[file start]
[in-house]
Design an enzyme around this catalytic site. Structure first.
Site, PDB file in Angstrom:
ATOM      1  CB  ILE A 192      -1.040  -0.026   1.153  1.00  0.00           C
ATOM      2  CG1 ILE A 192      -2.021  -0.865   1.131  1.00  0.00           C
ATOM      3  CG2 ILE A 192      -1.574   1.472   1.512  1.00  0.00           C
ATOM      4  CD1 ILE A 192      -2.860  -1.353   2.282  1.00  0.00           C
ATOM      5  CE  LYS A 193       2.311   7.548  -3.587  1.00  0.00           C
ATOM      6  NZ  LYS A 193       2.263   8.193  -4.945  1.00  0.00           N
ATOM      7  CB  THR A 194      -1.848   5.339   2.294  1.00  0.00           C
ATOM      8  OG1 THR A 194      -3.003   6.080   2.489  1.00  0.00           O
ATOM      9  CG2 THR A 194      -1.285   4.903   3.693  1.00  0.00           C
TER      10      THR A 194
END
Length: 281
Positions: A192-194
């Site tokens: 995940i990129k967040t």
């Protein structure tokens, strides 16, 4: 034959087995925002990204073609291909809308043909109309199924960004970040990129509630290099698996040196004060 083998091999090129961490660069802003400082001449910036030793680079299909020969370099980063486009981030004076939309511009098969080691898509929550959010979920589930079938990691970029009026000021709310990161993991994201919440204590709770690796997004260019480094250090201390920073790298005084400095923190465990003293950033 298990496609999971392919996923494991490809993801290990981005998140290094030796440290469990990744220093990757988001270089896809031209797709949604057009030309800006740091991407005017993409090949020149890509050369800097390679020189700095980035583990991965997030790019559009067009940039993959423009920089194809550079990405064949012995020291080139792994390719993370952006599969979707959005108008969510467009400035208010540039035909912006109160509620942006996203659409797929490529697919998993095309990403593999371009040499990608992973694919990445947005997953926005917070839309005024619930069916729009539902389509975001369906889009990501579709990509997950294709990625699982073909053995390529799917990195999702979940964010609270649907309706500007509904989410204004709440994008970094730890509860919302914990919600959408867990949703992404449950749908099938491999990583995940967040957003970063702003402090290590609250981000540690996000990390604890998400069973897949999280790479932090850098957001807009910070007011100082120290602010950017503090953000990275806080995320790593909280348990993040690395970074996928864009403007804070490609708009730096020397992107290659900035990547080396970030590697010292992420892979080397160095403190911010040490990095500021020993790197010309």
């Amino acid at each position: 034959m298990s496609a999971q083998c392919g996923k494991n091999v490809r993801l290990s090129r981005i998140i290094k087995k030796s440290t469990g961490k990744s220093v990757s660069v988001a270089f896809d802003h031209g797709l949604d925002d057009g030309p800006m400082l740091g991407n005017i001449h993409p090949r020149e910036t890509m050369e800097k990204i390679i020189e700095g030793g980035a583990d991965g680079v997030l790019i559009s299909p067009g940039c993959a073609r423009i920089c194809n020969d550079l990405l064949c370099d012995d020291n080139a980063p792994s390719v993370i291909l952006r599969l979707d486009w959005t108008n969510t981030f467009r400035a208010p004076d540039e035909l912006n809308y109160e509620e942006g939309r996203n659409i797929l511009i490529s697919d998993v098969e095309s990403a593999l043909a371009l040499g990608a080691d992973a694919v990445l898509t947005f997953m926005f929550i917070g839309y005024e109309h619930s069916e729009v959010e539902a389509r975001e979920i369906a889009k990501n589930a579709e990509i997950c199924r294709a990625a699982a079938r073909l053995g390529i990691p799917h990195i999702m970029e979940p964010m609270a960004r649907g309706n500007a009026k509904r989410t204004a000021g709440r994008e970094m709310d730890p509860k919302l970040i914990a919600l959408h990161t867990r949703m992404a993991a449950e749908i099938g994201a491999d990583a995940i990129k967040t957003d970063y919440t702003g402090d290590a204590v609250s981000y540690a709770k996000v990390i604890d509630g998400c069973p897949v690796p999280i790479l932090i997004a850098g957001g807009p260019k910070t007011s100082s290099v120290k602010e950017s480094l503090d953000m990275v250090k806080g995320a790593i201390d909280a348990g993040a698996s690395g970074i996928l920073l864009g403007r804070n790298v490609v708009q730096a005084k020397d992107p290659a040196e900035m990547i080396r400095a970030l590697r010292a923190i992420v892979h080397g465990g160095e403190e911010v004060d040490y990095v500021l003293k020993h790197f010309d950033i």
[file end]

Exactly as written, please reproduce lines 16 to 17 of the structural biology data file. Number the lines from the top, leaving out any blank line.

Positions: A192-194
């Site tokens: 995940i990129k967040t």